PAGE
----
Safety observations and interactions provide an ideal opportunity to have Managers out in the field observing and interacting with their workforce. This achieves a number of positive by-products from visible leadership through to addressing the due diligence requirements.
However, one of the unintended outcomes of this can be that Management personnel may become too focused on achieving the prescribed KPI of the safety observation, and fail to recognise the bigger risk exposures.
We don’t have to look very far back to see examples of where this hyper-focus on ‘hazard hunting’ has resulted in poor safety management outcomes. The 2014 Official investigation into the Deepwater Horizon Incident found that the “organizational culture focused more on personal safety and behavioural observations than on major accident prevention”. The BP executives were on the platform undertaking observations just hours before the beginnings of the incident that resulted in the death of 11 workers, the injury of 17 more, and the worst environmental disaster in the United States, releasing about 4.9 million barrels of crude oil into the Gulf of Mexico.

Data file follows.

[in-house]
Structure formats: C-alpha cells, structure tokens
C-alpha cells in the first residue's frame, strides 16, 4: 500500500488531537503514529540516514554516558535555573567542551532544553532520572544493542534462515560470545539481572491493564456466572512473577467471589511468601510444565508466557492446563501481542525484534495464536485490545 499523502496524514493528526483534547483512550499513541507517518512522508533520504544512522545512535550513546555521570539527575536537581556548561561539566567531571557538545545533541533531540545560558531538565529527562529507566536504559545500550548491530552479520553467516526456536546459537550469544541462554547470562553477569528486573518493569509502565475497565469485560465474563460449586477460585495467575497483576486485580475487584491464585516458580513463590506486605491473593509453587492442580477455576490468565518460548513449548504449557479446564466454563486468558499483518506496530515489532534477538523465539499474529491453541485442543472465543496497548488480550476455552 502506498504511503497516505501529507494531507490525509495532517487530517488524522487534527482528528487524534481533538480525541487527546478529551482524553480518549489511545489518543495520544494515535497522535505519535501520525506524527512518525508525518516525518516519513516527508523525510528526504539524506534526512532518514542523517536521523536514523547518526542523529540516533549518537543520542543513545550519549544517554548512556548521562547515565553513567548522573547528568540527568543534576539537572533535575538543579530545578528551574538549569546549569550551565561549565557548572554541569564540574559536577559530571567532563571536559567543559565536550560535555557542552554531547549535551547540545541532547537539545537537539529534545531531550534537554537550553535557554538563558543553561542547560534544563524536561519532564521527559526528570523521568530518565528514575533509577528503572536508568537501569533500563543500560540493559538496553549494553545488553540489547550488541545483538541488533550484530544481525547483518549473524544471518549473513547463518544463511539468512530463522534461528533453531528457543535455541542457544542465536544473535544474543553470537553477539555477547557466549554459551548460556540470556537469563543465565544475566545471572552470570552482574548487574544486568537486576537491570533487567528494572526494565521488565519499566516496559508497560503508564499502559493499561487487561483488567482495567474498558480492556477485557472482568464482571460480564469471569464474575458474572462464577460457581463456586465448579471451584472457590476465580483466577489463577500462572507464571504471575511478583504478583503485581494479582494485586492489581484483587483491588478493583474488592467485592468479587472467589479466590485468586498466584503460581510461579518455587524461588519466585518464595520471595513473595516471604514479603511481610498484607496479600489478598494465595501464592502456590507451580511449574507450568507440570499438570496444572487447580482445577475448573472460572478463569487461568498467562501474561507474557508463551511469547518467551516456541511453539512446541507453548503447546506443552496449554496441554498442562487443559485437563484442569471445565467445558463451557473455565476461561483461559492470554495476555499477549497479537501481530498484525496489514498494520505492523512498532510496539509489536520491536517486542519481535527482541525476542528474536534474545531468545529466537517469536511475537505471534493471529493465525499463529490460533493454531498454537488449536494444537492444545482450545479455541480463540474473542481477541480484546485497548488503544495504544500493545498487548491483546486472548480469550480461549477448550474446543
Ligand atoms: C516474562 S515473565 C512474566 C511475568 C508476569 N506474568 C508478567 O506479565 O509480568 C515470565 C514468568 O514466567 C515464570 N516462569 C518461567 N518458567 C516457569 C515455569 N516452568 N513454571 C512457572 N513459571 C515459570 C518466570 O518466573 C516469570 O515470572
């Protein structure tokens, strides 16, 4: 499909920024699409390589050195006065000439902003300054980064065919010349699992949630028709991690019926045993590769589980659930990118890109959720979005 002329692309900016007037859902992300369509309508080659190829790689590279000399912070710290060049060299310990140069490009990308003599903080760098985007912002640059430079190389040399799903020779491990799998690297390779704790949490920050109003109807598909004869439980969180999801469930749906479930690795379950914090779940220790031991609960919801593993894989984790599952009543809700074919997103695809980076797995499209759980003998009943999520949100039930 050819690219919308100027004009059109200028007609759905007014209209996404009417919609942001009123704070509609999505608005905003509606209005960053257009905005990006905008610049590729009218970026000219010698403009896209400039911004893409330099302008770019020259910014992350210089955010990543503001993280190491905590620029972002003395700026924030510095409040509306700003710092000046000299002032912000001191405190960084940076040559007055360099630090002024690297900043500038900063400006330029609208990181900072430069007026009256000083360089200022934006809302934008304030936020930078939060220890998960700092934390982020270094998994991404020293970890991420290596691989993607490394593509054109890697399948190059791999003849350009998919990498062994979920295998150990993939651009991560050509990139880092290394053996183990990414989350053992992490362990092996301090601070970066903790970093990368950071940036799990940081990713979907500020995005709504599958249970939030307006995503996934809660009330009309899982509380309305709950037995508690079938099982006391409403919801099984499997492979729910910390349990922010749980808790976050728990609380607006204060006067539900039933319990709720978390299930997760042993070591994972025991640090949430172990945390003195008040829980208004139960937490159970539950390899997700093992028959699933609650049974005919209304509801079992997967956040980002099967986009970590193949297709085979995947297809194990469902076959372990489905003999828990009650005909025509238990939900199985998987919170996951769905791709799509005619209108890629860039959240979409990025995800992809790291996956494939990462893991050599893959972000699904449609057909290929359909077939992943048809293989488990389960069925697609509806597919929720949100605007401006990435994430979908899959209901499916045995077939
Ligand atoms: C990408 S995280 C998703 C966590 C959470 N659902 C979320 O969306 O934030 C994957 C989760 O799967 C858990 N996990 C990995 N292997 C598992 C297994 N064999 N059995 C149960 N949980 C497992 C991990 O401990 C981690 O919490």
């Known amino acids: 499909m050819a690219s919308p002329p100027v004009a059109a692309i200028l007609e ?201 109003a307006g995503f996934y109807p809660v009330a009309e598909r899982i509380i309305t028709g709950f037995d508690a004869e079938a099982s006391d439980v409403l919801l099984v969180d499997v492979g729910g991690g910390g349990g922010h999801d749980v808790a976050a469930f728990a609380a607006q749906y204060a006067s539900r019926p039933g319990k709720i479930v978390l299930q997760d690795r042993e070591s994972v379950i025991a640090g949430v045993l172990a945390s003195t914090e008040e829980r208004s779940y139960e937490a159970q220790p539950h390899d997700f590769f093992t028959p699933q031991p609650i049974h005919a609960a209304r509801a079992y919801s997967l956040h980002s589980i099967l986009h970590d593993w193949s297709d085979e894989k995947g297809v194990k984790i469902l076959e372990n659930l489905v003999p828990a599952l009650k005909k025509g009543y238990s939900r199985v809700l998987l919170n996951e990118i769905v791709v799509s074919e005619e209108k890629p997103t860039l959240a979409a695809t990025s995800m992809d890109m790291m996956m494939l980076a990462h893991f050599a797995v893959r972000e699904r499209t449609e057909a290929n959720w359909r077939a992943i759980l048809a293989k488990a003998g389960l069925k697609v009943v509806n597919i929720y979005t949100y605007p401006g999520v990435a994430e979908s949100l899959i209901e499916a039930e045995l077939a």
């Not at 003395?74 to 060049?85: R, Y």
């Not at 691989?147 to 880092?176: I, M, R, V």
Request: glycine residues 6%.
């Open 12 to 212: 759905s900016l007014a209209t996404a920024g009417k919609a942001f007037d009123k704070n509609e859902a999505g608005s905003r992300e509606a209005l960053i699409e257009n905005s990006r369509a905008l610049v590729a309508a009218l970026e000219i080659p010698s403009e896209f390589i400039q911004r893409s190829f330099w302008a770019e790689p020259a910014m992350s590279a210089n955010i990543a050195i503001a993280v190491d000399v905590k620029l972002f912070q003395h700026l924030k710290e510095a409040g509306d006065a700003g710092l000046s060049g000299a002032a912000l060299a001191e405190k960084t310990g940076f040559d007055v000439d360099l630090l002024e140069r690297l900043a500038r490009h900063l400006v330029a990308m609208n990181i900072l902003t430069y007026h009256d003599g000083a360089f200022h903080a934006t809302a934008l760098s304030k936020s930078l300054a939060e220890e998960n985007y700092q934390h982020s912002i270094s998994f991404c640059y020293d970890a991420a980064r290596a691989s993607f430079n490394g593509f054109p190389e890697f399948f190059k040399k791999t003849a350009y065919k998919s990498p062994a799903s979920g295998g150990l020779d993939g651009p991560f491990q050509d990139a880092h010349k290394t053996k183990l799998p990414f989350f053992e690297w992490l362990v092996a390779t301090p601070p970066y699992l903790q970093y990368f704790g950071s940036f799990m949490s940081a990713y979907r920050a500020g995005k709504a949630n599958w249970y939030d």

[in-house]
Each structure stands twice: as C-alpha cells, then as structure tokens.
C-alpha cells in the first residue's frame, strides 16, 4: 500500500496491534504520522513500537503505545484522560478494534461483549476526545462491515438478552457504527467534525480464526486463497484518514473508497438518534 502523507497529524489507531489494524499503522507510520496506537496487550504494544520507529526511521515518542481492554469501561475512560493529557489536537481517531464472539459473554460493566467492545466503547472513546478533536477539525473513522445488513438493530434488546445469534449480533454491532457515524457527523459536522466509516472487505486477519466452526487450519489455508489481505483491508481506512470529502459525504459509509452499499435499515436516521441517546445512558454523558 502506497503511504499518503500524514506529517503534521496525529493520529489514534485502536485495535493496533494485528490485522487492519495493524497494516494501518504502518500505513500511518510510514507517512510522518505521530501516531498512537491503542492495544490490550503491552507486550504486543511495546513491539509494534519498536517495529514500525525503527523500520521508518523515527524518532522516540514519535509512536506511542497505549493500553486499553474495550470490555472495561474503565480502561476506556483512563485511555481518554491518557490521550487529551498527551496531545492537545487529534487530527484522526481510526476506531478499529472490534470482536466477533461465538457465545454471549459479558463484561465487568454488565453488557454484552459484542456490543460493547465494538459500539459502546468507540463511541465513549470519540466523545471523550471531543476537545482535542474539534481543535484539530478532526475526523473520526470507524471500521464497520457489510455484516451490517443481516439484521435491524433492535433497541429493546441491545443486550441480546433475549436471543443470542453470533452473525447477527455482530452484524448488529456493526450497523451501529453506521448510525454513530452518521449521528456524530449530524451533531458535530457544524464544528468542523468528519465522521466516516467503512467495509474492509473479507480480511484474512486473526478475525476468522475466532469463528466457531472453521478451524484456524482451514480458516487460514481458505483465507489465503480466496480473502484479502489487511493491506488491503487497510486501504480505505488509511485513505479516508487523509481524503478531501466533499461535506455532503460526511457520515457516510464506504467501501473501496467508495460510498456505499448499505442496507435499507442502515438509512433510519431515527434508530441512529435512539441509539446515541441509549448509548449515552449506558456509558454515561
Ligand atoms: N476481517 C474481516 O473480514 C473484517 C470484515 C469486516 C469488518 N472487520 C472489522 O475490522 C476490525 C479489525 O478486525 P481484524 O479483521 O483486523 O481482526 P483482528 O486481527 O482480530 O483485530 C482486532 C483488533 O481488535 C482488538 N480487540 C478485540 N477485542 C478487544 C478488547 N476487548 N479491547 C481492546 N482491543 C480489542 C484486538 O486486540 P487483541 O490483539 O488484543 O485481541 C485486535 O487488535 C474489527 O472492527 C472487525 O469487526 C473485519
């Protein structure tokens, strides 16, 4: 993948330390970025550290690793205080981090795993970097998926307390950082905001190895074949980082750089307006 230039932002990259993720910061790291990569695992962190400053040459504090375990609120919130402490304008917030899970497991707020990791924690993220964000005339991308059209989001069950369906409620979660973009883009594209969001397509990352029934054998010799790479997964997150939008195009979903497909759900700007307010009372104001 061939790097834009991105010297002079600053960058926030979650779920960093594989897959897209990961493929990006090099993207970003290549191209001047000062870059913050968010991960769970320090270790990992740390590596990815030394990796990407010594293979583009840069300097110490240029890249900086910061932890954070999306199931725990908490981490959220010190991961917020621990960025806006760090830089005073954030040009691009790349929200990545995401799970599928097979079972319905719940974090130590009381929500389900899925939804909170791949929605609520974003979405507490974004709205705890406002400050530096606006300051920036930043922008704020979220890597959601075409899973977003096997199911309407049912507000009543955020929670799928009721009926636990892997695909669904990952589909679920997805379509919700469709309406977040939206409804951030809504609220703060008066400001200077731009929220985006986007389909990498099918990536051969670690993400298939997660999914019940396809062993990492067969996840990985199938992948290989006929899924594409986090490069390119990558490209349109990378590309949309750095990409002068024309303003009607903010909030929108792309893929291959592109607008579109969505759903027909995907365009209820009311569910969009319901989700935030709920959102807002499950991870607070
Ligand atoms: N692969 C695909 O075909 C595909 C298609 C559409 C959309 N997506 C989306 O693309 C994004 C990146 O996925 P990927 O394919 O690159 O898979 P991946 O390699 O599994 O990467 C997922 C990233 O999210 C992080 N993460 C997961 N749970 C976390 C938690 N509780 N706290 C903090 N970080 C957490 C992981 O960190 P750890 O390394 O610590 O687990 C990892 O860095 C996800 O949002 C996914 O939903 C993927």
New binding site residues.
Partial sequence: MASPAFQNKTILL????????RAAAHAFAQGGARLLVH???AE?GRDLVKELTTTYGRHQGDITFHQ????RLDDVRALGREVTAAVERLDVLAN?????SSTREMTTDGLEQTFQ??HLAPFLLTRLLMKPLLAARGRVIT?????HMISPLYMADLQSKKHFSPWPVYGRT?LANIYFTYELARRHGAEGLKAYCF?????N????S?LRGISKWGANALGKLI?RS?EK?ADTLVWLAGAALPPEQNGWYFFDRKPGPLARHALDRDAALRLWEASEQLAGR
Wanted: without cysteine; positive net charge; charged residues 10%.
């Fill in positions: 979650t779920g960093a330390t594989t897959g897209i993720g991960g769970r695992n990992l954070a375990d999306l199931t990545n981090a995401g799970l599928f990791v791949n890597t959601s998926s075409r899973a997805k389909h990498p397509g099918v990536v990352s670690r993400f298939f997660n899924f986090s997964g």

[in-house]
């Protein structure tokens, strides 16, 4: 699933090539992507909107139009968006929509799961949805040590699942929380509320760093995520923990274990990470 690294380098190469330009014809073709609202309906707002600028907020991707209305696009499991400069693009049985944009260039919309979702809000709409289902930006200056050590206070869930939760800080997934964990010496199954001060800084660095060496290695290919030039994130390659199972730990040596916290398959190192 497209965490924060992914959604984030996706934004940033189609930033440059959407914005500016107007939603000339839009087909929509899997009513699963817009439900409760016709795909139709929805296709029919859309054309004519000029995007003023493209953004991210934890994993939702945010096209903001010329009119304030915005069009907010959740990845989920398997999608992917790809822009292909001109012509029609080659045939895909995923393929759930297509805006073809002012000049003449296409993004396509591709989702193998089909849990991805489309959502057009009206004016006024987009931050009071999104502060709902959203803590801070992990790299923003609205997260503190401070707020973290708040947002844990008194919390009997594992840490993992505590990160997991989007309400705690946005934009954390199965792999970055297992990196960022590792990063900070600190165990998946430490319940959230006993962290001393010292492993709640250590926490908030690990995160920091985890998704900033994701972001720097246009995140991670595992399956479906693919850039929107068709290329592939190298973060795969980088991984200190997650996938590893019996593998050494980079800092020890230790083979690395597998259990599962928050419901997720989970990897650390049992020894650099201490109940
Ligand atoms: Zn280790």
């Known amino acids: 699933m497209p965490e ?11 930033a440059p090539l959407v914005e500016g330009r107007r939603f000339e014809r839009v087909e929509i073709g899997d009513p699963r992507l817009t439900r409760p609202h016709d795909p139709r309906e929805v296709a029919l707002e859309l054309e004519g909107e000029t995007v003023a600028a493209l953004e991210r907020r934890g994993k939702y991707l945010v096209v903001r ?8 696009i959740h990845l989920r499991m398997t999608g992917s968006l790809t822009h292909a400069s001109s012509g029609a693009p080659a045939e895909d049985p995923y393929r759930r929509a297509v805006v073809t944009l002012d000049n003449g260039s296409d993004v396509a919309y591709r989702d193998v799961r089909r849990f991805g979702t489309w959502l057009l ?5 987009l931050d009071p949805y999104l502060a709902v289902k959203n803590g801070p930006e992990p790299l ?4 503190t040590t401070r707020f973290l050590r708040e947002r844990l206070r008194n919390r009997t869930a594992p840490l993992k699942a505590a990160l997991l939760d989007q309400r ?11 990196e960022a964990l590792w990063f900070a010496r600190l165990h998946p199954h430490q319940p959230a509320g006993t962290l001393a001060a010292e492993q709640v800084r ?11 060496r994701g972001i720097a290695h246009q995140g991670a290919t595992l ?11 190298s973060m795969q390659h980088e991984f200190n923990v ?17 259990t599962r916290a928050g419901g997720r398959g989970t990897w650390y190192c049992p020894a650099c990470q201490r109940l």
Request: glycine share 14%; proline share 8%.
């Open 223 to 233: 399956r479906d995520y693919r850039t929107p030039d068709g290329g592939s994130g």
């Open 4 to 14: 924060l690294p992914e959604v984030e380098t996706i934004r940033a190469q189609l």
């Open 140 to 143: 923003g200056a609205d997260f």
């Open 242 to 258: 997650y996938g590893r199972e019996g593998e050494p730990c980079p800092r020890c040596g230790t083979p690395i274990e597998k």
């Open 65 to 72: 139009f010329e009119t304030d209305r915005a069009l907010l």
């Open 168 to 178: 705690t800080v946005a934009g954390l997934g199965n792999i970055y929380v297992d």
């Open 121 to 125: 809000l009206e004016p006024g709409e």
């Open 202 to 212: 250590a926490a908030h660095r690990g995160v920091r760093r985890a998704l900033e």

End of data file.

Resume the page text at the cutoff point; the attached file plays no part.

WHS as a discipline has matured over the last 3 decades such that it has become everyone’s responsibility to consider the safety implications of their daily work. However, the accountability still sits with Management, so it certainly makes more sense that they look at the big-ticket risk exposures and leave some of the lower-hanging hazard hunt inspections to Supervisors, Team Leaders, HSR and workers. Given the array of business and operational risks that must be managed, a proportion of Management ‘safety observation’ time could be profitably redirected to ensuring that the critical control measures for higher-consequence, less-likely risks are effective.
To shift focus, the safety observation checklist should be replaced with a copy of the workplace Risk Register as a means of prompting the review of controls that are in place to prevent or mitigate the impacts of these often overlooked higher-consequence, lower-likelihood risks. This more balanced approach to the safety observations adds to the layers of assurance, provides greater operational benefit, and a more comprehensive view of proceedings for due diligence requirements.
QRMC can assist with Risk Reviews and also with tailoring KPIs to maximise the output potential.
Please contact QRMC for more information.